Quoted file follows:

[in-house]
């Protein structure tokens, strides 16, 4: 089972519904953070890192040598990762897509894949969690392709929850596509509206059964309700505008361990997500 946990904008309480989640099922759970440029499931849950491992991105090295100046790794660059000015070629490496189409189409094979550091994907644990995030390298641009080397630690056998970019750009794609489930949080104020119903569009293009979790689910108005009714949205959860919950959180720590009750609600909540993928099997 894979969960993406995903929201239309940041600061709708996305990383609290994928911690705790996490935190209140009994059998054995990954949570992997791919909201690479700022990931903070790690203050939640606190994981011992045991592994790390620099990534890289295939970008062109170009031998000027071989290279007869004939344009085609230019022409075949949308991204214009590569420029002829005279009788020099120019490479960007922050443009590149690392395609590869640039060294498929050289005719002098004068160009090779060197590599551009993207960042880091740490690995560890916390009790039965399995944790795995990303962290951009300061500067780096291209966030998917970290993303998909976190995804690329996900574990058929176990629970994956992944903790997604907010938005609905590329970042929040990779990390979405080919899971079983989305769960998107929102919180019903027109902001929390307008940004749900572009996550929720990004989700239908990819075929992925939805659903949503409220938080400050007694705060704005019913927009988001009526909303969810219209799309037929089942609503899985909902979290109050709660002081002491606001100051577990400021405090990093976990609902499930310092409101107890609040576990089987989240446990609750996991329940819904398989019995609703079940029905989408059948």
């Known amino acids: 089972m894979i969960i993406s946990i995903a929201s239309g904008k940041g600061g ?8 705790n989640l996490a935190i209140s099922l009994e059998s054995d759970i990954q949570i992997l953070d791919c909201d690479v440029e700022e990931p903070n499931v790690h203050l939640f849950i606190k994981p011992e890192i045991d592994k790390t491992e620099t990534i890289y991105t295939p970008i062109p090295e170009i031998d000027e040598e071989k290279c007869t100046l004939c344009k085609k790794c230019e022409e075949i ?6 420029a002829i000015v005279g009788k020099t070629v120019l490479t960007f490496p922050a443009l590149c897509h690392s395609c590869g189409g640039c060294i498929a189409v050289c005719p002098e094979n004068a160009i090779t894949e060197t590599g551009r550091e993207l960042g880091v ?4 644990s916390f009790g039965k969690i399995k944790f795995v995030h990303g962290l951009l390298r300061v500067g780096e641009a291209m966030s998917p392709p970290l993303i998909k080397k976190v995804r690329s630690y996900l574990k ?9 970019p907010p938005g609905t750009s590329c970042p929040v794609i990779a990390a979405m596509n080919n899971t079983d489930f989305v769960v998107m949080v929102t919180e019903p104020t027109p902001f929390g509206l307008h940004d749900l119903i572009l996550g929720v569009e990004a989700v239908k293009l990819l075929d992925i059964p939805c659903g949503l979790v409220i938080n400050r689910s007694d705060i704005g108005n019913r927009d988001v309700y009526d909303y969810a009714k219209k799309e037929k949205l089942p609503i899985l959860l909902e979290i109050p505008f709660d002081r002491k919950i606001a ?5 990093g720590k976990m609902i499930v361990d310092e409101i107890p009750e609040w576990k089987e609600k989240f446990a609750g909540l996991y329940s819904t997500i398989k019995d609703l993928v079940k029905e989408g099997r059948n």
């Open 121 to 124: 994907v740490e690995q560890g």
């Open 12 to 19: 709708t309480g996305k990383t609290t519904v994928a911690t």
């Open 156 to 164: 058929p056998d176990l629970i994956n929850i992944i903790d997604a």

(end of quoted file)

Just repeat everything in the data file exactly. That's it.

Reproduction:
[in-house]
């Protein structure tokens, strides 16, 4: 089972519904953070890192040598990762897509894949969690392709929850596509509206059964309700505008361990997500 946990904008309480989640099922759970440029499931849950491992991105090295100046790794660059000015070629490496189409189409094979550091994907644990995030390298641009080397630690056998970019750009794609489930949080104020119903569009293009979790689910108005009714949205959860919950959180720590009750609600909540993928099997 894979969960993406995903929201239309940041600061709708996305990383609290994928911690705790996490935190209140009994059998054995990954949570992997791919909201690479700022990931903070790690203050939640606190994981011992045991592994790390620099990534890289295939970008062109170009031998000027071989290279007869004939344009085609230019022409075949949308991204214009590569420029002829005279009788020099120019490479960007922050443009590149690392395609590869640039060294498929050289005719002098004068160009090779060197590599551009993207960042880091740490690995560890916390009790039965399995944790795995990303962290951009300061500067780096291209966030998917970290993303998909976190995804690329996900574990058929176990629970994956992944903790997604907010938005609905590329970042929040990779990390979405080919899971079983989305769960998107929102919180019903027109902001929390307008940004749900572009996550929720990004989700239908990819075929992925939805659903949503409220938080400050007694705060704005019913927009988001009526909303969810219209799309037929089942609503899985909902979290109050709660002081002491606001100051577990400021405090990093976990609902499930310092409101107890609040576990089987989240446990609750996991329940819904398989019995609703079940029905989408059948």
């Known amino acids: 089972m894979i969960i993406s946990i995903a929201s239309g904008k940041g600061g ?8 705790n989640l996490a935190i209140s099922l009994e059998s054995d759970i990954q949570i992997l953070d791919c909201d690479v440029e700022e990931p903070n499931v790690h203050l939640f849950i606190k994981p011992e890192i045991d592994k790390t491992e620099t990534i890289y991105t295939p970008i062109p090295e170009i031998d000027e040598e071989k290279c007869t100046l004939c344009k085609k790794c230019e022409e075949i ?6 420029a002829i000015v005279g009788k020099t070629v120019l490479t960007f490496p922050a443009l590149c897509h690392s395609c590869g189409g640039c060294i498929a189409v050289c005719p002098e094979n004068a160009i090779t894949e060197t590599g551009r550091e993207l960042g880091v ?4 644990s916390f009790g039965k969690i399995k944790f795995v995030h990303g962290l951009l390298r300061v500067g780096e641009a291209m966030s998917p392709p970290l993303i998909k080397k976190v995804r690329s630690y996900l574990k ?9 970019p907010p938005g609905t750009s590329c970042p929040v794609i990779a990390a979405m596509n080919n899971t079983d489930f989305v769960v998107m949080v929102t919180e019903p104020t027109p902001f929390g509206l307008h940004d749900l119903i572009l996550g929720v569009e990004a989700v239908k293009l990819l075929d992925i059964p939805c659903g949503l979790v409220i938080n400050r689910s007694d705060i704005g108005n019913r927009d988001v309700y009526d909303y969810a009714k219209k799309e037929k949205l089942p609503i899985l959860l909902e979290i109050p505008f709660d002081r002491k919950i606001a ?5 990093g720590k976990m609902i499930v361990d310092e409101i107890p009750e609040w576990k089987e609600k989240f446990a609750g909540l996991y329940s819904t997500i398989k019995d609703l993928v079940k029905e989408g099997r059948n």
């Open 121 to 124: 994907v740490e690995q560890g």
């Open 12 to 19: 709708t309480g996305k990383t609290t519904v994928a911690t």
């Open 156 to 164: 058929p056998d176990l629970i994956n929850i992944i903790d997604a």